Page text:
I don’t know how to grade artists in terms of ability. It feels too static. But I do gauge quality; I expect the artist to strive to touch something higher. As I learn and grow, this virtue becomes more valuable than craft. Especially with music- I could write a song in five minutes, but then I may have to wait three years to understand how to fit a certain piece right. Sometimes something clicks, and everything just happens. Sometimes I play chords I never learned, if I can just be patient and get in that space. It’s a hard thing, but I’ve come to see that this patience and humility is all that is required of me if I want to channel real beauty. So when I see people who are ignoring this reality, I dismiss them. I’ve also dismissed people who have ability in bushels, who have grown adept at polishing rubbish into marketable goods. I feel they let down the calling. And then there’s people who don’t have ability or humility- they usually talk about unappreciated talent. I dismiss these too.
I dismiss a lot of people, don’t I?
Is it wrong? In itself, no. I’ve been lazy, and I can be crass, and I can be just plain bad. I’m fighting the same fight. If somebody stops fighting, they’ve failed. And there’s an industry exploiting the failures, drowning us in white noise so it can take our money. And besides the injustice of it all, honest art is just better than pretentious, hurried, veneered art. I’m just trying to sift the chaff out, trying to find what I truly like- which songs just feel right, which movies just make sense. That’s the upside. The downside is, I’ve become a bit of a douche. I have grown complacent and self-exalted in the blessing of intuition for music, and the eye for my world.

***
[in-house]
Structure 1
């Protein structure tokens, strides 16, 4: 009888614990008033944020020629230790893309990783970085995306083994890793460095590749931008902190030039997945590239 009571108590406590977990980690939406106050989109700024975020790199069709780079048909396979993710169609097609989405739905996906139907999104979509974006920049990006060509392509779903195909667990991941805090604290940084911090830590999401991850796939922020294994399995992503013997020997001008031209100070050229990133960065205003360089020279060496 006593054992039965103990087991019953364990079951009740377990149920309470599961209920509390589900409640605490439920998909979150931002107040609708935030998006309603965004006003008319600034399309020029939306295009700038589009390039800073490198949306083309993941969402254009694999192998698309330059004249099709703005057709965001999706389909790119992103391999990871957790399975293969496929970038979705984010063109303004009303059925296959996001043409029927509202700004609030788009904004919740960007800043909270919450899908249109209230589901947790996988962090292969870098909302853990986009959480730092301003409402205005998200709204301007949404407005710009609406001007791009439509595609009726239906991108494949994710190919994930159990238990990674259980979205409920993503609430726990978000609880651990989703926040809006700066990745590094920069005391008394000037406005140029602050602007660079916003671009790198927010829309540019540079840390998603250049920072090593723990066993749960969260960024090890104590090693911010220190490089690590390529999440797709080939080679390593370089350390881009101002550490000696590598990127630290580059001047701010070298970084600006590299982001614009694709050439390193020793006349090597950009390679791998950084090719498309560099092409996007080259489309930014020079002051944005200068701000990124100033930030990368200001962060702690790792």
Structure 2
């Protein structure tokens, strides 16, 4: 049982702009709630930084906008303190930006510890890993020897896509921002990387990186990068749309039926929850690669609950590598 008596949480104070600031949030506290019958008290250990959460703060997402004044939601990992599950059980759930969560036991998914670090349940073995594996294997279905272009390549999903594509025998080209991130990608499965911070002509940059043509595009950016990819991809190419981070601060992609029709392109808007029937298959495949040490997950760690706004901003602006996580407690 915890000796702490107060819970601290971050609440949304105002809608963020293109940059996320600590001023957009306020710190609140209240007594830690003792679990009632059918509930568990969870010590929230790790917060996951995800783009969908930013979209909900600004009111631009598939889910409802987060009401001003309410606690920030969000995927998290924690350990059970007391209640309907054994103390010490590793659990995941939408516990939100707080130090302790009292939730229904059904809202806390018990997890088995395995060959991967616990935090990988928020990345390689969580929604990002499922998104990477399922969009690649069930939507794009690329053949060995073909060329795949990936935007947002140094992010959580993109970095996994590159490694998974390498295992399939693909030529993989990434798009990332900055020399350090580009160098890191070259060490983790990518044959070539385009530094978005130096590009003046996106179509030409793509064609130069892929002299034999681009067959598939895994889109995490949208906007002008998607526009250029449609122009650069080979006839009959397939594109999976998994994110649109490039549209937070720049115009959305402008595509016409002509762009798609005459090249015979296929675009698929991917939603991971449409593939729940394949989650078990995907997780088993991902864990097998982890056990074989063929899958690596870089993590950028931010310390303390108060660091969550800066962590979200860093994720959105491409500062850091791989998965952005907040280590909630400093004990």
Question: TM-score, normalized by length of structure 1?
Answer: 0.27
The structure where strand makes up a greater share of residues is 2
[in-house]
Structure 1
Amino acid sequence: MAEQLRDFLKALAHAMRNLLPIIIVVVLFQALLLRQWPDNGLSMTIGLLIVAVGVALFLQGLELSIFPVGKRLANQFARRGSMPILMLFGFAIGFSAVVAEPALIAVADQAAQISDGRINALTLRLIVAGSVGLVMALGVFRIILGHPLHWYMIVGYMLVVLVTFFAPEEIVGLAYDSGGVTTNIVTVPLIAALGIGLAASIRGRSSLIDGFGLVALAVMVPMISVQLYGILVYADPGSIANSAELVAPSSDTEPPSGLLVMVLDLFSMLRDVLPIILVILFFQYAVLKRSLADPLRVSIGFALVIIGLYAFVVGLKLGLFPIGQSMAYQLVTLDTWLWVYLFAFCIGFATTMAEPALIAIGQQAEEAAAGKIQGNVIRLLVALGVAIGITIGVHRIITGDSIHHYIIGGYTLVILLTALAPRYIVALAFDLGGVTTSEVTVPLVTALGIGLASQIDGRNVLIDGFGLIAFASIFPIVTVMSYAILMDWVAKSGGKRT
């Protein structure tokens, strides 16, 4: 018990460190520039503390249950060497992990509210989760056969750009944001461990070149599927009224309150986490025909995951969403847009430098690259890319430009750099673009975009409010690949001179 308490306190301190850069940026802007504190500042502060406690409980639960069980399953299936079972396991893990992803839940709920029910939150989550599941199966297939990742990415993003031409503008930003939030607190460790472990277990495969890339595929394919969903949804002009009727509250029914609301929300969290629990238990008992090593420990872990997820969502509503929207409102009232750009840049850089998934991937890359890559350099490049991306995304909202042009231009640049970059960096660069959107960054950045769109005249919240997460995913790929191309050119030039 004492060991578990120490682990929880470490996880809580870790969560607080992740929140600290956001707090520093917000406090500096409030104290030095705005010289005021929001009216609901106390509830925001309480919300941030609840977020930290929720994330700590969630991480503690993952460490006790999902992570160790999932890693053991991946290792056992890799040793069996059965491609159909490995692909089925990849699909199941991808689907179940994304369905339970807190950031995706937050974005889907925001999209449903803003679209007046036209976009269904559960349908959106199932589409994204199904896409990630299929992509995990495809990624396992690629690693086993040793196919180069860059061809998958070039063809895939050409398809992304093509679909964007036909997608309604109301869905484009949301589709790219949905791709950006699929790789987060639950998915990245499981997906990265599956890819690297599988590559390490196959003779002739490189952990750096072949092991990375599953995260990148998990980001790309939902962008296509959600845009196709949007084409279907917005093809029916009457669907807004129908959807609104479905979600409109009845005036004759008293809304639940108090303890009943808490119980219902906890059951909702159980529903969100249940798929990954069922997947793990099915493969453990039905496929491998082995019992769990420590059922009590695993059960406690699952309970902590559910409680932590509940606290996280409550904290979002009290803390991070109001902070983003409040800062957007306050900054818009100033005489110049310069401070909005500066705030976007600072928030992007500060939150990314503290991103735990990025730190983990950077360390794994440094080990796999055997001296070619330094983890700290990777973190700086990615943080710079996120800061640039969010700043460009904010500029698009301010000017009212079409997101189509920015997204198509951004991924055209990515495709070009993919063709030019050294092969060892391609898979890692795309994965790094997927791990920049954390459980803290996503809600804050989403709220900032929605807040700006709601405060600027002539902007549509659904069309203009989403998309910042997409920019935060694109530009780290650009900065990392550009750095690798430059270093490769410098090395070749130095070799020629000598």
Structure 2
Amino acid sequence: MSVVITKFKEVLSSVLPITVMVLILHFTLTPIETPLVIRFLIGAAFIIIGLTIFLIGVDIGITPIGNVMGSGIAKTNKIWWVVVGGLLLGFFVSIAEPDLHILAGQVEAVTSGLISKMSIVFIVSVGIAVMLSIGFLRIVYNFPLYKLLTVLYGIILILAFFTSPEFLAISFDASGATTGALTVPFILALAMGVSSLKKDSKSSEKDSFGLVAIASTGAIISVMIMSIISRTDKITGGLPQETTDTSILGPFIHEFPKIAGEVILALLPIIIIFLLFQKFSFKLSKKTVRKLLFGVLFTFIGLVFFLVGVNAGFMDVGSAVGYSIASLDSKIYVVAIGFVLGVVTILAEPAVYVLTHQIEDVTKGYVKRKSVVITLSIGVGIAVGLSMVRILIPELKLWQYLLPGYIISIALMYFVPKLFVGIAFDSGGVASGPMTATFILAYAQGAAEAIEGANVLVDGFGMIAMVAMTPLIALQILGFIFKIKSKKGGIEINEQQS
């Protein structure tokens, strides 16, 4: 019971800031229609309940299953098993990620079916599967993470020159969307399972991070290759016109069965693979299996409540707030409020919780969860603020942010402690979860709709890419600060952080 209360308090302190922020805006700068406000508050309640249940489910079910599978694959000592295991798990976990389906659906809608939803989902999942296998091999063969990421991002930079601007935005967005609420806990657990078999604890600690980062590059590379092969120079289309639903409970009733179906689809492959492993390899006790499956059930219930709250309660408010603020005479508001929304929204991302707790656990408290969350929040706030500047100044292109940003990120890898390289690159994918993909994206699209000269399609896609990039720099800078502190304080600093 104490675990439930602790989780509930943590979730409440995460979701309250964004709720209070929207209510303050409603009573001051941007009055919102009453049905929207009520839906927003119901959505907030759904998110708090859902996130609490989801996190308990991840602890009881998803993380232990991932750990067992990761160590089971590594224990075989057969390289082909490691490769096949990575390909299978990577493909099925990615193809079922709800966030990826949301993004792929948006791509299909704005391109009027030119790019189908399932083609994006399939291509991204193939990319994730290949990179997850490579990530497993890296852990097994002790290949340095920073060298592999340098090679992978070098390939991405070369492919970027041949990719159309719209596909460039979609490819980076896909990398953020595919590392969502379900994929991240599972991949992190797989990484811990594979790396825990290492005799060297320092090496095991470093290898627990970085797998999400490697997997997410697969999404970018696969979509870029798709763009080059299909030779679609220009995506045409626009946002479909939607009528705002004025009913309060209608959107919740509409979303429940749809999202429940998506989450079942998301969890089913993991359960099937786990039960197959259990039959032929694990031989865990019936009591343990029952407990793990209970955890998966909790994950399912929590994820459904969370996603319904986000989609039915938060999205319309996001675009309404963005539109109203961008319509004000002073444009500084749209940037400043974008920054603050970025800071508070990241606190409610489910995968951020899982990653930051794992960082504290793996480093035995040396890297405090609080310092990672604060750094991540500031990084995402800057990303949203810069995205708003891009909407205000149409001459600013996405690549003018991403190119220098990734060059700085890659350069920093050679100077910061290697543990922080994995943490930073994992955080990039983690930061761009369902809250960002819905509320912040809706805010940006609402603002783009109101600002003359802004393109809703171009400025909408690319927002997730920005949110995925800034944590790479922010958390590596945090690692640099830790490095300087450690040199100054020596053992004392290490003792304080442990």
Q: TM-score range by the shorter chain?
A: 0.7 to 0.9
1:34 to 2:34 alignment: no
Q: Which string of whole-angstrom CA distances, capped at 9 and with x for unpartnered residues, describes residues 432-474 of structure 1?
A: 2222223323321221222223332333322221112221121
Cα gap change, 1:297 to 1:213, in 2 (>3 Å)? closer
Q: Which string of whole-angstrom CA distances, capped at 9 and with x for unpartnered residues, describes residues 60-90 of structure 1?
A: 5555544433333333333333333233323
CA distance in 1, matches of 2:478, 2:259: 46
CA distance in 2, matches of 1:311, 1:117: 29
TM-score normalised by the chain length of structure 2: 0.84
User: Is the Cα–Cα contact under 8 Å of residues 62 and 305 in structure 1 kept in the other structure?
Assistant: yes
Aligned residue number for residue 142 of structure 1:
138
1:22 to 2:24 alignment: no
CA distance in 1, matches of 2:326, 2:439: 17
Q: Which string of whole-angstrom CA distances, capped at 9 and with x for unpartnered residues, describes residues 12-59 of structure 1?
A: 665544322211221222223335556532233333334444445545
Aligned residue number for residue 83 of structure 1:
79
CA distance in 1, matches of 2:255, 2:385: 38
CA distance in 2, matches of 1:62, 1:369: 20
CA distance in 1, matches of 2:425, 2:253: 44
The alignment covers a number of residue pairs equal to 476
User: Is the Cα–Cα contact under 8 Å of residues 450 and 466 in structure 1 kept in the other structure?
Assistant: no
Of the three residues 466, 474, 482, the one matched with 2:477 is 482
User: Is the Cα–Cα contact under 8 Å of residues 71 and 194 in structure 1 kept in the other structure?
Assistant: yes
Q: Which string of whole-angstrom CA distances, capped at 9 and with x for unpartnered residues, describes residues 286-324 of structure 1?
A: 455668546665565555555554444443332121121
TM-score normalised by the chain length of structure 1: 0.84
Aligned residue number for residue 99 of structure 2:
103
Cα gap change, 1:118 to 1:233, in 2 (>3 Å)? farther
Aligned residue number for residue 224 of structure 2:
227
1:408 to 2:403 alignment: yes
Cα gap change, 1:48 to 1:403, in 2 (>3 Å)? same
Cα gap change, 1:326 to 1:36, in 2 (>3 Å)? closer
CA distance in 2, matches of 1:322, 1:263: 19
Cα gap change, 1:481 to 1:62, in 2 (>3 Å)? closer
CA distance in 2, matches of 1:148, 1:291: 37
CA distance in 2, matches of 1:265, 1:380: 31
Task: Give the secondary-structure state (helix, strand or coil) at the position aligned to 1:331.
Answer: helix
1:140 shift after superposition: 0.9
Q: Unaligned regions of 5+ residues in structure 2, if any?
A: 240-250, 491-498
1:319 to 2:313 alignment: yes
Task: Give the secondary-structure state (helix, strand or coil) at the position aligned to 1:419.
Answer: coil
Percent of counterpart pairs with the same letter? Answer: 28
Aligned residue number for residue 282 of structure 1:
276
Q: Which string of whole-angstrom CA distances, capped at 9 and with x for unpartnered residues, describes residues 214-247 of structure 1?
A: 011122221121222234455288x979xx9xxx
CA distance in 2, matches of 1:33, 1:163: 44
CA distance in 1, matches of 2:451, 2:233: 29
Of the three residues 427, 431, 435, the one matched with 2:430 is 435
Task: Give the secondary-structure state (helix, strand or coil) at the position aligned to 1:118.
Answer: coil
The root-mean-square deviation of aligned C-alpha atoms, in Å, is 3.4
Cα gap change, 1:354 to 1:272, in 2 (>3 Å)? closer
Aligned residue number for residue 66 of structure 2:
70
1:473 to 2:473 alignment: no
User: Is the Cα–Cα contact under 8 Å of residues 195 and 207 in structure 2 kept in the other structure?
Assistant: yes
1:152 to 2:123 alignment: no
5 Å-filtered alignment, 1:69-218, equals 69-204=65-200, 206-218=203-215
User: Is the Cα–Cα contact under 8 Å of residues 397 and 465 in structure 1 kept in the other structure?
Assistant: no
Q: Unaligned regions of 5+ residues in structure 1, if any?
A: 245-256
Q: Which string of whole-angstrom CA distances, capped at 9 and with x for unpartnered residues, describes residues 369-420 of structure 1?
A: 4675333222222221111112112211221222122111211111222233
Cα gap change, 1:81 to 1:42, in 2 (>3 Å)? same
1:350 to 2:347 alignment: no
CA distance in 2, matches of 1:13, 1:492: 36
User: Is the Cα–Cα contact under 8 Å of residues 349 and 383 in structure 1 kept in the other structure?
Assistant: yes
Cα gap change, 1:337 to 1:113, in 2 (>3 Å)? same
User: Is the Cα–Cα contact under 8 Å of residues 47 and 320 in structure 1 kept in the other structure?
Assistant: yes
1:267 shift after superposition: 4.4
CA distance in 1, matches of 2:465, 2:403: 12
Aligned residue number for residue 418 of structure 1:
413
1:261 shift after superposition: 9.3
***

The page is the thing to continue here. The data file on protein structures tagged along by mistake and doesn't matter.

Art melts the mountain and the snowflake into one. The sensitivity becomes the substance. If you want to hold the audience in your palm, you have to let them hold you. You have to let them into your shoes. I get to appreciate this even more, because I have painful nervous attacks when I go on stage. But then I feel the grace of the audience in waves, willing me to do what I have to. It’s a special feeling. But I wasn’t going to surrender to you. I had a long agenda, and many people to prove wrong. I was coming to stupefy and astound you, and spit in the eye of those who don’t understand. And I’ve had a bit of time to think, and it all seems pointless. I’m not the saviour of music or consciousness, and it would be harmful to do anything under that delusion. It would be a sad way to fall short of the standard to which I have held others. It is disrespectful to those who have supported me. It’s an ignorant spirit that doesn’t deserve beautiful music. And I believe I can do better than that. But I’ll need some time.
So thanks for the love, and sorry for the disappointment. Nothing went wrong; it is important that I establish that. It’s very possible to do good things without burning money. I have been struck by how wonderful people have been, and I only want to live so that I can repay the kindness with genuineness. We are planning to get into a studio to record the jazz pieces we prepared for the show. It avoids the ego trip, but it helps us to get our sound out there. I’m not sure when I’ll do the proper songs, or how I’ll do them. We’ll figure something out.
Again, thank you.